"I believe dance film needs to be seen as a performance," says Cynthia Pepper from her studio. She's warming up -- like the dancer she is -- to the subject of her Footage Dance Film Festival, now in its fifth year, which springs into the Fine Arts Cinema Thursday for a four-night run through Sunday, December 23 (2451 Shattuck Ave., Berkeley, 510-848-1143).
The star "performer" in this year's fest has been dead for 74 years, but still has the power to outrage. Daniel Geller and Dayna Goldfine's documentary Isadora Duncan: Movement from the Soul tells the story of tempestuous Bay Area dancer/choreographer/ free spirit Duncan, intercut with present-day interpretations of her work by Duncan dancer Lori Bellilove and members of the Oakland Ballet. Indeed, the large and active local dance community is the main reason for the FDFF's success -- they're onscreen and in the audience. "Every year it's different," says Pepper, a teacher and choreographer at Marin Dance Theater. "We had one man last year who cried when he saw his old teacher from Russia in one of the films."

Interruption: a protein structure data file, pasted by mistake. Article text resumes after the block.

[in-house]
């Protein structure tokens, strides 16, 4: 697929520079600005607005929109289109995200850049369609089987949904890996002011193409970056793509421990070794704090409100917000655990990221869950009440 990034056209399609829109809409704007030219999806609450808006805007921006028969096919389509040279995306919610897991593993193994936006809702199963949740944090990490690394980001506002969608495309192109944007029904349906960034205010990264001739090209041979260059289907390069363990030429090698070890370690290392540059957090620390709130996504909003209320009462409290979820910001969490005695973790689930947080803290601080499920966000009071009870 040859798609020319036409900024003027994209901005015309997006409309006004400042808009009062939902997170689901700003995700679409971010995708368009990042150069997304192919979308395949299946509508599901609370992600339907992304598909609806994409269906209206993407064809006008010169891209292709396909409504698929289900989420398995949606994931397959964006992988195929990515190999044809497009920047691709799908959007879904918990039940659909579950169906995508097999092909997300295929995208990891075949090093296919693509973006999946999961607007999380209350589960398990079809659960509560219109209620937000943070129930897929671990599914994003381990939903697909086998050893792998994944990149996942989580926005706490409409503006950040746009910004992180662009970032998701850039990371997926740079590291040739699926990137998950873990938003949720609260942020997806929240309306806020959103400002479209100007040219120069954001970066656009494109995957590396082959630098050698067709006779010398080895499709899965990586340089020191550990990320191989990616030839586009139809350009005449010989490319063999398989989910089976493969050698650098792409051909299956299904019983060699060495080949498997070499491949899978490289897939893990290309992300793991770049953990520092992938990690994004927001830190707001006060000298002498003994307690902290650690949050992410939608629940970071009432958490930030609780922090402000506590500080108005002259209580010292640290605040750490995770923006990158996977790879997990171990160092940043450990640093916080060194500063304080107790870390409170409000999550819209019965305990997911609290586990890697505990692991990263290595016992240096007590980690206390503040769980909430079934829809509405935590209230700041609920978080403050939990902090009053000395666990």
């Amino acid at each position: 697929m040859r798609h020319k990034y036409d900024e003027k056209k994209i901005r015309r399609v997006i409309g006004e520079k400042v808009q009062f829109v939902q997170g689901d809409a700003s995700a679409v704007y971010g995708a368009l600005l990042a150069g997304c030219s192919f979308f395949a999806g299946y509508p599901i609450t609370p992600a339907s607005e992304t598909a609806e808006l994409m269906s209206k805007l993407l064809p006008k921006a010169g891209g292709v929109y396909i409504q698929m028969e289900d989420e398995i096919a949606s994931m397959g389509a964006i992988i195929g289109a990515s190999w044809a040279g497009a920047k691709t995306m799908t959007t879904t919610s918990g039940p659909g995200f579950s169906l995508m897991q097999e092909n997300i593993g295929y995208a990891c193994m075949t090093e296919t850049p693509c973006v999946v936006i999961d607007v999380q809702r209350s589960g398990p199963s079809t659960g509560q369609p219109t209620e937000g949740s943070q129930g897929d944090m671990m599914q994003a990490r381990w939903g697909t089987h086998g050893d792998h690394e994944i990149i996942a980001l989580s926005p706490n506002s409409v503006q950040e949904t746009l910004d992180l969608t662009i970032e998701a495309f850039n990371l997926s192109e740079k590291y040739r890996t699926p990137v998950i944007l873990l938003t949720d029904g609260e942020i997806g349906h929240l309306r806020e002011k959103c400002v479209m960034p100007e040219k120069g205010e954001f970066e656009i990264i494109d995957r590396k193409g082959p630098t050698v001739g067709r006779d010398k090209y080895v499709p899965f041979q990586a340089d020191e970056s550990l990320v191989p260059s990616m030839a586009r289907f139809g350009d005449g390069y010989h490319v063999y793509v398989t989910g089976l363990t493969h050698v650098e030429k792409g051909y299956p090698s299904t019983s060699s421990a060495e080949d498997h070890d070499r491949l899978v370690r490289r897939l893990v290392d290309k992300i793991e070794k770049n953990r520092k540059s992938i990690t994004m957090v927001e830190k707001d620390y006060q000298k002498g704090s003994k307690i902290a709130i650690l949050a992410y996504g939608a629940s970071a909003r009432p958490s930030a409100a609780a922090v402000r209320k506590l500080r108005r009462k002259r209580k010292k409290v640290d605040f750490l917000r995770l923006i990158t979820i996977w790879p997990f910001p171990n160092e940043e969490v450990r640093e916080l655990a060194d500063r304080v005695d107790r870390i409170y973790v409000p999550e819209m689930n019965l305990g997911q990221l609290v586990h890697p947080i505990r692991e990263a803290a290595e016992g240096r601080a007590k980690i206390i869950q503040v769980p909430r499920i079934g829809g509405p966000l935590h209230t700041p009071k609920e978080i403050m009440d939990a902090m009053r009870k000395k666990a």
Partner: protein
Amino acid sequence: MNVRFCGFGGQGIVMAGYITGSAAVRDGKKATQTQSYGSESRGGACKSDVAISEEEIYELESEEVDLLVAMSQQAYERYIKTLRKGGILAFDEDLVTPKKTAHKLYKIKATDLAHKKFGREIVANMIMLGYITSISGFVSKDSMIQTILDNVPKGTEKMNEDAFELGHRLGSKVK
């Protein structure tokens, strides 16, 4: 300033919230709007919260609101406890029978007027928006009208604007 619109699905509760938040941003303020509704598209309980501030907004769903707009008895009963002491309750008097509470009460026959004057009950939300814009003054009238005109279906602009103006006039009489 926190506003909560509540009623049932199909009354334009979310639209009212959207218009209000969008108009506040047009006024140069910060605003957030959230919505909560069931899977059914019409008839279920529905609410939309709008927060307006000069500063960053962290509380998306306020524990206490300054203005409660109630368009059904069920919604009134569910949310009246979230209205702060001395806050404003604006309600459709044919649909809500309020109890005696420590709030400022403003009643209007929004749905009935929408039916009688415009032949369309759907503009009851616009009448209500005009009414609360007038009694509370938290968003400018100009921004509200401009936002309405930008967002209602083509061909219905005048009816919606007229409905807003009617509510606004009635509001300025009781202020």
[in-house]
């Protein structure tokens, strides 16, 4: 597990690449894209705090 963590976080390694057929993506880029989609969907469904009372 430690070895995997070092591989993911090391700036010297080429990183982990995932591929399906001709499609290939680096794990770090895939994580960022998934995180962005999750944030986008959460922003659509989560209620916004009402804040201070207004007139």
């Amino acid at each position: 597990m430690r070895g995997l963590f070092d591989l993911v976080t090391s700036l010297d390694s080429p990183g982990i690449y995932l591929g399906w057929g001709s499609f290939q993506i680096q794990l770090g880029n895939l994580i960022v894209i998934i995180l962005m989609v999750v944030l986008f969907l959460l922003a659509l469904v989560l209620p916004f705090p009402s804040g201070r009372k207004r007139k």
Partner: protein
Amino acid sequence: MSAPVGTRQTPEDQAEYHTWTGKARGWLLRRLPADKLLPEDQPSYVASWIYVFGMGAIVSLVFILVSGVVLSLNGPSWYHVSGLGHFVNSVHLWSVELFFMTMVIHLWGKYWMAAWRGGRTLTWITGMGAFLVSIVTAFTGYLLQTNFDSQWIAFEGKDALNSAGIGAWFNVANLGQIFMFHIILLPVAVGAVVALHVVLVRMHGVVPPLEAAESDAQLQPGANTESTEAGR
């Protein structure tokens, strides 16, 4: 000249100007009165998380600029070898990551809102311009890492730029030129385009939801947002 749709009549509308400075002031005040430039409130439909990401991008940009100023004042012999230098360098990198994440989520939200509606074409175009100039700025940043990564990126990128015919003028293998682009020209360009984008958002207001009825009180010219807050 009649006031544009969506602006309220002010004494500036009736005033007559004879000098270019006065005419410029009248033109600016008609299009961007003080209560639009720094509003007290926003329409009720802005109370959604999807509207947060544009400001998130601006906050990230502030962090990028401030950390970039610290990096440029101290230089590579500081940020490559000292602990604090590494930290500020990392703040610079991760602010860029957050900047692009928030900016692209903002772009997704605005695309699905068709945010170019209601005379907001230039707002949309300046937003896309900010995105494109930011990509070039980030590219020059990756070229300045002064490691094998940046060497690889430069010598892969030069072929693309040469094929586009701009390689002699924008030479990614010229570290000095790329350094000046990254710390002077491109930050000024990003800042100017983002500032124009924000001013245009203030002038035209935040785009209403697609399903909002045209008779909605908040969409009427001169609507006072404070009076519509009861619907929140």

Surprising as it may seem for the casual entertainment consumer, dance has the uncanny ability to touch audiences physically -- even when it's on video or film. And Pepper's fest is being noticed. "I'm [the festival] getting bigger every year," she maintains. "I'm a member of an organization called the Dance Films Association. You'd be amazed at how many films come in." Among them are Hans Beenhakker's WIPED from Holland, Deborah Van Slet's Canadian performance short Link, and an animation from Australia, A Dance Falls from the Sky -- all part of the FDFF program. Asserts Pepper: "Dance film is a great way to get your dancing seen all over the world. You can actually do a close-up of, say, an ear. It lends a new dimension to the performance: the parts of the dance you can't see from the audience. Lots of dancers break their butts to stage these dances. I'm trying to get them out of the studio, to make them more accessible."
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